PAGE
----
WNPV Radio, 1440 AM, Lansdale celebrated its 20th anniversary on October 20. Listeners were invited to join in the celebration by sending a birthday card to the station. All cards received by noon October 20 were entered in the drawing for 21 prizes.
Mrs. Dolores Jorna of Harleysville was the grand prize winner of a seven-day cruise to Bermuda, arranged . through World Horizons Travel of Quakertown.
Winners of $100 gift certificates redeemable for tires from the Regal Tire, Corporation included Jane Fretz of Collegeville, Mrs.” Marie Moyer of Harleysville, Mrs. Ray W. Boyer and Mrs. W. Lynwood Diehl of Souderton, Anne G. Cressman, Alice Camburn and Mrs. Sarah Jane Hangey of Hatfield, and Chuck Kinter, Julie O’Connor and Carolyn Weber of Lansdale.
Winners of digital watches in either men’s or ladies’ styles from National Semiconductor included Mr. and Mrs. Harold Landis of Mainland, Mary Rita Golazeski of Hatfield, Mrs. Gerald R. DeLong and Dan Heffernan of Harleysville, and Ceil Zollo, Mrs. Toni Zuccaro, Evelyn L. Hodnett, Eleanor Wright, Myron Hartzell, and Helene Berger, all of Lansdale.
Over the years many people have come to enjoy Pete Wambaugh’s commentary on this state in his program, ‘This Is Pennsylvania.” Now this program can be heard twice a day, Monday through Friday, on WNPV Radio, 1440 AM, Lansdale.
Tune in at 7:35a.m. and 7:30p.m. and hear vignettes on state subjects ranging from our state parks to apple blossom time to Pennsylvania’s Preaching Presbyterian and much more.
Lansdale Radio Station Adds to its Services In the year 1967, Radio Station WNPV continued its policy of constant review and improvement of its services to its listeners.
News coverage of the twin Bucks-Montgomery county area was improved by the acquisition of additional correspondents in Bucks county to augment the service already in operation in Montgomery county.
Several news specials” were broadcast — hour-long, in-depth reports on a single news subject — including an examination of the organization and structure of the constitutional convention, with brief policy statements by candidates as delegates, just before the November elections.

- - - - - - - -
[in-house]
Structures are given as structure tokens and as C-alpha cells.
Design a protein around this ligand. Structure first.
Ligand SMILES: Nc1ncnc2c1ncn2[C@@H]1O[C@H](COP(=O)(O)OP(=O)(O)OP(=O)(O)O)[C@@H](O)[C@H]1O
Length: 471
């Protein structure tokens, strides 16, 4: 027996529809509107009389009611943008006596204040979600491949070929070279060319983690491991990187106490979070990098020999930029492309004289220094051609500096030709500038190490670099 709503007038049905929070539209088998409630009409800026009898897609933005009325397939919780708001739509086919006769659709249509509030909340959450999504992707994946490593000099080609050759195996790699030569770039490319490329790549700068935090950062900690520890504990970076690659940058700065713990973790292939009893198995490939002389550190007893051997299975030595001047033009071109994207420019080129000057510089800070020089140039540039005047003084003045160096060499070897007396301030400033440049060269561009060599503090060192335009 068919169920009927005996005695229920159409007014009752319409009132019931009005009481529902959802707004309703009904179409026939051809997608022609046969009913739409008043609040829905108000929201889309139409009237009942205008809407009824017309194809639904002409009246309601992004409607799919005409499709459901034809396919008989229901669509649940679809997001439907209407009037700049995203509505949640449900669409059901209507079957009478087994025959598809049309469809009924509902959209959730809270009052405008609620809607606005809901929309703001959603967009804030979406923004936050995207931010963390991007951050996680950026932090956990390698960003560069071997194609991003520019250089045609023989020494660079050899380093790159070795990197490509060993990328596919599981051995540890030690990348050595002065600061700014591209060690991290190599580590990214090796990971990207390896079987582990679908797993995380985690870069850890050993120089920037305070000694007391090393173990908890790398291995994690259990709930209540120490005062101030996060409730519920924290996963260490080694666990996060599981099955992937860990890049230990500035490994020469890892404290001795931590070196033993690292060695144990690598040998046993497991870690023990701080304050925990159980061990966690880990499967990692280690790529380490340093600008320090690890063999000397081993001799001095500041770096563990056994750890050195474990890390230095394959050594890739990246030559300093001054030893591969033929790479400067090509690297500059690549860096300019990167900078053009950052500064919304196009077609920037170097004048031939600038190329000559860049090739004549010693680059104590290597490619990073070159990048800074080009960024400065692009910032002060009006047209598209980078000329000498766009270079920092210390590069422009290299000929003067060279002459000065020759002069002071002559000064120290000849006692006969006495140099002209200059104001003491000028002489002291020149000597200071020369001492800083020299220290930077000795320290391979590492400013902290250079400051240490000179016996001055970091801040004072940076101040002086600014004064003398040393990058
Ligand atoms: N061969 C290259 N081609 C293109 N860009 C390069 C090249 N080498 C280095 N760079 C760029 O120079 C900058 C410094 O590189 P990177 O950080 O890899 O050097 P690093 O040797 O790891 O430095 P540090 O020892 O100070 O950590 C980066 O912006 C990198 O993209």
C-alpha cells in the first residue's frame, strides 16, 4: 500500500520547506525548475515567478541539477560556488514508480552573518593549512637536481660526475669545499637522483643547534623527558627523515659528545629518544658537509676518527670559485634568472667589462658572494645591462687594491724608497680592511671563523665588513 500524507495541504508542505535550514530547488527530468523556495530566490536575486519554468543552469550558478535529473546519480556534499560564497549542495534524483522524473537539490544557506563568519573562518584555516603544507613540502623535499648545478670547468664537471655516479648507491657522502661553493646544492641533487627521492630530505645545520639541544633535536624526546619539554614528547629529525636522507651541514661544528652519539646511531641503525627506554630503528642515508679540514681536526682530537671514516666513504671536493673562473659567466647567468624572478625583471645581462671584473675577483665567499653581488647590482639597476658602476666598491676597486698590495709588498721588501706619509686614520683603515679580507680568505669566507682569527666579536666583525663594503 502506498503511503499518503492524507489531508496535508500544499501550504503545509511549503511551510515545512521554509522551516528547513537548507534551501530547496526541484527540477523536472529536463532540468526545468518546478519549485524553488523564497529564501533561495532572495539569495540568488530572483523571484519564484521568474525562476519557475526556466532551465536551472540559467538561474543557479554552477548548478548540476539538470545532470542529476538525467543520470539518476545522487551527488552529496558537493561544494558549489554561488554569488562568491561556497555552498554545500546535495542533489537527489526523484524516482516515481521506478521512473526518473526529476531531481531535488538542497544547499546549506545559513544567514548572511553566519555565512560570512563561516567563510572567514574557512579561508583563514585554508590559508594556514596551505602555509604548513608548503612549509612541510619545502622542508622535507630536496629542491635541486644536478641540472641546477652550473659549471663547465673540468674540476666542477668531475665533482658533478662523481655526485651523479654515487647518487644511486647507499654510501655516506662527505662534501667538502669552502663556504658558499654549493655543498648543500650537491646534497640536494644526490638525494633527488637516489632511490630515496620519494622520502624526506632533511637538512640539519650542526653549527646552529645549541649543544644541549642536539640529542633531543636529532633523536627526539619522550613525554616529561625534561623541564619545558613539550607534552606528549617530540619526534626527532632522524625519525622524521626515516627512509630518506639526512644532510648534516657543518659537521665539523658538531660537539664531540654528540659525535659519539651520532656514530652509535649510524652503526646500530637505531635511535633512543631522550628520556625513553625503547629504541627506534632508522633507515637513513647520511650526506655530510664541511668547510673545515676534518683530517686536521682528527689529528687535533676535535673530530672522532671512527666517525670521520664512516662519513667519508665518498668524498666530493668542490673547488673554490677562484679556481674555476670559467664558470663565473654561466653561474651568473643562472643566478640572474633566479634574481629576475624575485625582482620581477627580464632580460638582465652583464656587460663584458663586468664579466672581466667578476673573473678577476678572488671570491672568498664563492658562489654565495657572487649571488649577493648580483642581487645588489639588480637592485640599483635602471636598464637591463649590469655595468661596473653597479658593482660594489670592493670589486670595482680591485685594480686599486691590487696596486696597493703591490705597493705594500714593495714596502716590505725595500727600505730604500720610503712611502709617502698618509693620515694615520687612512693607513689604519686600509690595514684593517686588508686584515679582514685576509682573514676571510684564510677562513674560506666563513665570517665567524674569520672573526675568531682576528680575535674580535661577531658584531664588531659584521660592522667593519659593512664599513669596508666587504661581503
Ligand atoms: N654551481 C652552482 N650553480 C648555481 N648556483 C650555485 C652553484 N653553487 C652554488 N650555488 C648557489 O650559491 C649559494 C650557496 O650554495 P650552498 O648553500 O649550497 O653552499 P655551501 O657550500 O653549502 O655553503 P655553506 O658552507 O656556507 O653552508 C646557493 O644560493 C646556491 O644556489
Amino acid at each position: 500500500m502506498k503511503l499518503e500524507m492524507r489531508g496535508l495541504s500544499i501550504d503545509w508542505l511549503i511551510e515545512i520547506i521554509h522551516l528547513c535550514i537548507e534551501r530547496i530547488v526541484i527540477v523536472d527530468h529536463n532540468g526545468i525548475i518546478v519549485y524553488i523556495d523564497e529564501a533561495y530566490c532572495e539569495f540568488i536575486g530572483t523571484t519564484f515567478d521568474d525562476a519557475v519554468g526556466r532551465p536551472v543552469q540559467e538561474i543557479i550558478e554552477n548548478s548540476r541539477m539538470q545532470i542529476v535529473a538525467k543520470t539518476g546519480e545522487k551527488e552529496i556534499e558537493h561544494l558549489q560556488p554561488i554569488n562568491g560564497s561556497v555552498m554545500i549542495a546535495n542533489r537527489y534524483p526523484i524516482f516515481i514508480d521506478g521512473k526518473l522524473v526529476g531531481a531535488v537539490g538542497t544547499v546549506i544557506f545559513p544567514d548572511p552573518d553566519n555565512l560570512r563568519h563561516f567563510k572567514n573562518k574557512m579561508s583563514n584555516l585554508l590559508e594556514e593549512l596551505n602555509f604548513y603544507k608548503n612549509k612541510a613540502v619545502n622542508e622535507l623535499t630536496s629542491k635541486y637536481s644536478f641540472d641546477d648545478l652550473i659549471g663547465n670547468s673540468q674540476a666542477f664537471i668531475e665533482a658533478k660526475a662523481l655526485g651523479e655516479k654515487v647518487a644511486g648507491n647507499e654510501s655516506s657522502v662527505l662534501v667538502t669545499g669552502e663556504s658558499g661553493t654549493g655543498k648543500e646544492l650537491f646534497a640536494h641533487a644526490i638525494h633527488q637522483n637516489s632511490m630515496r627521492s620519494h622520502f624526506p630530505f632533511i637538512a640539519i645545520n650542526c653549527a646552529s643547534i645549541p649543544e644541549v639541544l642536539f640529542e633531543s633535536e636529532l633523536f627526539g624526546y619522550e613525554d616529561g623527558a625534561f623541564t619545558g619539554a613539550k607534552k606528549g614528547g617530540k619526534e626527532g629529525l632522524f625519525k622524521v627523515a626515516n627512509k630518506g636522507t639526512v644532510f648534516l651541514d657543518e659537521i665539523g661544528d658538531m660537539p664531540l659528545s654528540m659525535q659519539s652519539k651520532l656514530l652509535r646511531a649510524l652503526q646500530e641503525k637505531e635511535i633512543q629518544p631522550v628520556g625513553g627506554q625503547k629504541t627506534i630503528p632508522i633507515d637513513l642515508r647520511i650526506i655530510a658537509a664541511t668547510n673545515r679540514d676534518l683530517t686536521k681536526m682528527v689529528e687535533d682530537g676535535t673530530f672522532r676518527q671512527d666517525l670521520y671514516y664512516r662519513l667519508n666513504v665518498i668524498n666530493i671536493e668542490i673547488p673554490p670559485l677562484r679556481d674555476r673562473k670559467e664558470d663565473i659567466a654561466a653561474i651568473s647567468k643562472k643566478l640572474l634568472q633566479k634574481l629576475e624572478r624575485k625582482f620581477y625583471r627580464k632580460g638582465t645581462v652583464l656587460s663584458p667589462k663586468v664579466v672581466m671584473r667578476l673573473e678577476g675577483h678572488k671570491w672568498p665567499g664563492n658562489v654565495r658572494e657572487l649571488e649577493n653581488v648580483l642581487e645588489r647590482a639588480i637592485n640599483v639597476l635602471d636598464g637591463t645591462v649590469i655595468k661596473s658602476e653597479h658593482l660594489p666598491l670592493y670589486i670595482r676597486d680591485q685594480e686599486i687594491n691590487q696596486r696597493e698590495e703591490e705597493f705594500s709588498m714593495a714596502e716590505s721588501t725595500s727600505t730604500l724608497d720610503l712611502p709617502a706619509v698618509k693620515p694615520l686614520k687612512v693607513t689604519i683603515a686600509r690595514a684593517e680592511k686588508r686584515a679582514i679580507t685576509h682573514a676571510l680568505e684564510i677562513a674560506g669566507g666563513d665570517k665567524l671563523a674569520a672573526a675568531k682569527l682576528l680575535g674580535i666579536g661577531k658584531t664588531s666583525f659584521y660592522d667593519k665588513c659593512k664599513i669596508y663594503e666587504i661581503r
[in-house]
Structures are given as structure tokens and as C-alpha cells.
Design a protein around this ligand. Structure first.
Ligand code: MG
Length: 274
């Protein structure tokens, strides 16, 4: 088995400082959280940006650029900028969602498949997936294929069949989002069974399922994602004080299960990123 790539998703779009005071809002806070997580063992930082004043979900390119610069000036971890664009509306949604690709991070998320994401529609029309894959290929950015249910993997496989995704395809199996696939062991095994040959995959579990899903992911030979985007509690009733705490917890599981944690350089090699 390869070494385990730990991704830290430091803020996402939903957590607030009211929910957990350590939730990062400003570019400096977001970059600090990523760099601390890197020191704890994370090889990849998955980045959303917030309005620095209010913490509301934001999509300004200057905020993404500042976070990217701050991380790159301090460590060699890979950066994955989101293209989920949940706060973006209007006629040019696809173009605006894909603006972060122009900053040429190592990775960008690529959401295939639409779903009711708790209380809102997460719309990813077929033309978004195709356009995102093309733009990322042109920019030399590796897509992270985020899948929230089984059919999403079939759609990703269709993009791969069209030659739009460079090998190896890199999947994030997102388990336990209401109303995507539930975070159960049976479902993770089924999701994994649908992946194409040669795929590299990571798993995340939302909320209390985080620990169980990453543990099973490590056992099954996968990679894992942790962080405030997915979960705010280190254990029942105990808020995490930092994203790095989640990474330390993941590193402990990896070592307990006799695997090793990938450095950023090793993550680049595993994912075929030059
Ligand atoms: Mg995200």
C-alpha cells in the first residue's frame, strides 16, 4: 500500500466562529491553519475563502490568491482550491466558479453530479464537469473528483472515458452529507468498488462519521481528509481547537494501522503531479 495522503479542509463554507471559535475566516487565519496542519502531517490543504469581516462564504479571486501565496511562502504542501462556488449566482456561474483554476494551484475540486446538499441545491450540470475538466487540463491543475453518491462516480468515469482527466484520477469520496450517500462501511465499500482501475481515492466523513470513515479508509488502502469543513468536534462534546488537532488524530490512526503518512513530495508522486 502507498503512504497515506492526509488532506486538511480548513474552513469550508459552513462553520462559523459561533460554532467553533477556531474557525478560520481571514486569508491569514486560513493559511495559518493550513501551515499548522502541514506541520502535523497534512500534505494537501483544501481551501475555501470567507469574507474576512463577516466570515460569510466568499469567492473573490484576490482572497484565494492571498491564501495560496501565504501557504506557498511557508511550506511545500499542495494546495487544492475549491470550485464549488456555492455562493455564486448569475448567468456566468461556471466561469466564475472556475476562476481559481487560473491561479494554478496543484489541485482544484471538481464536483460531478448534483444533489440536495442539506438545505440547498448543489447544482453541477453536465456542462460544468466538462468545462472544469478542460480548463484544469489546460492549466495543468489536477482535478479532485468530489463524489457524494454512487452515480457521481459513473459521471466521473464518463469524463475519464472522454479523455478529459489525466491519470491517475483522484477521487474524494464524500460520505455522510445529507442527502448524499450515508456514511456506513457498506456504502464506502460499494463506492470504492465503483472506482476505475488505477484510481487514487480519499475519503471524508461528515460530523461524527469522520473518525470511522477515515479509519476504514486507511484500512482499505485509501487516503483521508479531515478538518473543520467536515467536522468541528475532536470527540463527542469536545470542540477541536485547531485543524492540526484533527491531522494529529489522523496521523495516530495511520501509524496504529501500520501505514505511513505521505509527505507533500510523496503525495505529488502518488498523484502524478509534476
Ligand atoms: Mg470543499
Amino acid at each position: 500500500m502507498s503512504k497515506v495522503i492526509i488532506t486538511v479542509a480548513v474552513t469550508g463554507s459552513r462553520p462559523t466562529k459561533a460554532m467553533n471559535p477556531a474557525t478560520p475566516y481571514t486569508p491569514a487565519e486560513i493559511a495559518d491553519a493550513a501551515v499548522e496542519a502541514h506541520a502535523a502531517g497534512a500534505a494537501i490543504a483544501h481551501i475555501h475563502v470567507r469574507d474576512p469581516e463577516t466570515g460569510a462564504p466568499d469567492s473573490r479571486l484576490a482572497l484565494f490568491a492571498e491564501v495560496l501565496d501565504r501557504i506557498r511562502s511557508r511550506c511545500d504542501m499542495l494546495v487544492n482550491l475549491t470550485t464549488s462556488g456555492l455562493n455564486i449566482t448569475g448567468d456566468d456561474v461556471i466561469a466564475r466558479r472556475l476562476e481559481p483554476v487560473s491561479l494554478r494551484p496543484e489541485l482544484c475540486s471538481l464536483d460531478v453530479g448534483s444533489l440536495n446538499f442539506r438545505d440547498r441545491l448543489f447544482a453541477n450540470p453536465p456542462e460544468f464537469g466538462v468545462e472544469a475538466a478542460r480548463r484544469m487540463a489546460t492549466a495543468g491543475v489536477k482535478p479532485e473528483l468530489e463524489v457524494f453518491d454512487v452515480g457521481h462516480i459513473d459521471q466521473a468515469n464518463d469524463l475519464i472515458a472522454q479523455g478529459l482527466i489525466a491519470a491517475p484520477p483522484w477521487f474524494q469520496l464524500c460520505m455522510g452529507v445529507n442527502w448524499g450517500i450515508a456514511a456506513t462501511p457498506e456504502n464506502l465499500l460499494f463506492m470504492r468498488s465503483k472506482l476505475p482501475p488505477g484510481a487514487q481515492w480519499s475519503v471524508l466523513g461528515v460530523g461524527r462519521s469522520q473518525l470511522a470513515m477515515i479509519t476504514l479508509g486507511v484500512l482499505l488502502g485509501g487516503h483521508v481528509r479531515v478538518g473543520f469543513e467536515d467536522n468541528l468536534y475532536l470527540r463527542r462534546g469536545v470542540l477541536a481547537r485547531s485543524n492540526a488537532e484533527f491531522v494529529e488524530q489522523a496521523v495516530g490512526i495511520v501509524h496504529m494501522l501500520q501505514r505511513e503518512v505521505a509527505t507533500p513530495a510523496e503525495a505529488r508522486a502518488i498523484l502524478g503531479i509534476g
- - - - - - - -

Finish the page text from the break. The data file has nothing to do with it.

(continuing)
High point for the news department, was winning two awards for another special, “Alice in a Patrol Car”, first place award for stations of WNPV’s size from the Pennsylvania Associated Press Broadcasters Association, and another first place from the Greater Philadelphia Council of Churches first annual radio-TV award for outstanding public service programs.
Program Director-Sales Manager Richard Heist noted intensified sports coverage with the addition of Jack Talley to the staff.
Tally continued WNPVs active schedule of live sports broadcasts, and widened the coverage of sports news, which included the addition of a number of sports correspondents. Perhaps most notable was Talley’s trip to Florida in December to do a play-by-play broadcast of the game between the Little Quakers, made up of Midget League football players from the twin counties, and the Saints of New Orleans. Unfortunately, the Little Quakers lost to the Saints 27-6.
The station also added a recorded telephone answering service in order to receive messages and news reports on a 24-hour-a-day basis.
General Manager John Skibbe reports that sales have risen steadily through the past year as a result of increased sales effort, improved on-air production techniques, and the growing acceptance of WNPV by both audience and advertisers as the most effective broadcast service in the Twin County area.
WNPV enters 1969 on the gathering momentum of changes begun in 1968. Changes aimed at improving still further the entertainment and community services offered by the station in the twin counties over the past nine years.
The Year 1968 was a banner sales year, and General Manager John Skibbe and Program Sales Manager Richaid Heist, foresee the growth continuing through 1969.
1968 also saw the beginning of changes in programming format, aimed at giving the station a more modem sound, without losing its local identification.
The basic philosophy continues the best in popular music, and thorough local news coverage, but with new accents and orientation.
There have been some personnel changes too. Paul Hagerty, whose afternoon show generated lots of conversation and some consternation with his put-on telephone calls, moves to the Wake Up assignment, 7:15 to 10 am.
Jim Senior, heretofore heard on weekends, moves to Hagerty’s old slot at 2 in the afternoon. Besides a dry wit, Senior has a fabulous collection of some outlandish phonograph records from the ’30s, including such artists as Al Jolson and Eddie Cantor.
Shirley Eyre has joined the staff as Women’s Director and host of the daily Shirley Eyre Show.
Don Hess has become director of continuity. Hess, because of a considerable background on air as well, acts as a back-up man for the news department when occasion requires.
Jack Talley continues as the man for Sports with two daily five-minute shows 7:10 am. and 4:10 pm with sports in depth, with a heavy accent on the local scene.
Paul Taylor and Barry Cassell remain the key men in the News Department. The durable Comment Please keeps its place on the schedule with Skibbe and Fred Day as hosts. Day also hosts Coffee Time, in mid morning, and Dick Wright stays at the helm of Luncheon Matinee just after the noon hour.
All in all, General Manager John Skibbe and Program Sales Manager Heist foresee 1969 as another year of growth and service for the North Penn Valley’s only (or pioneer) radio station.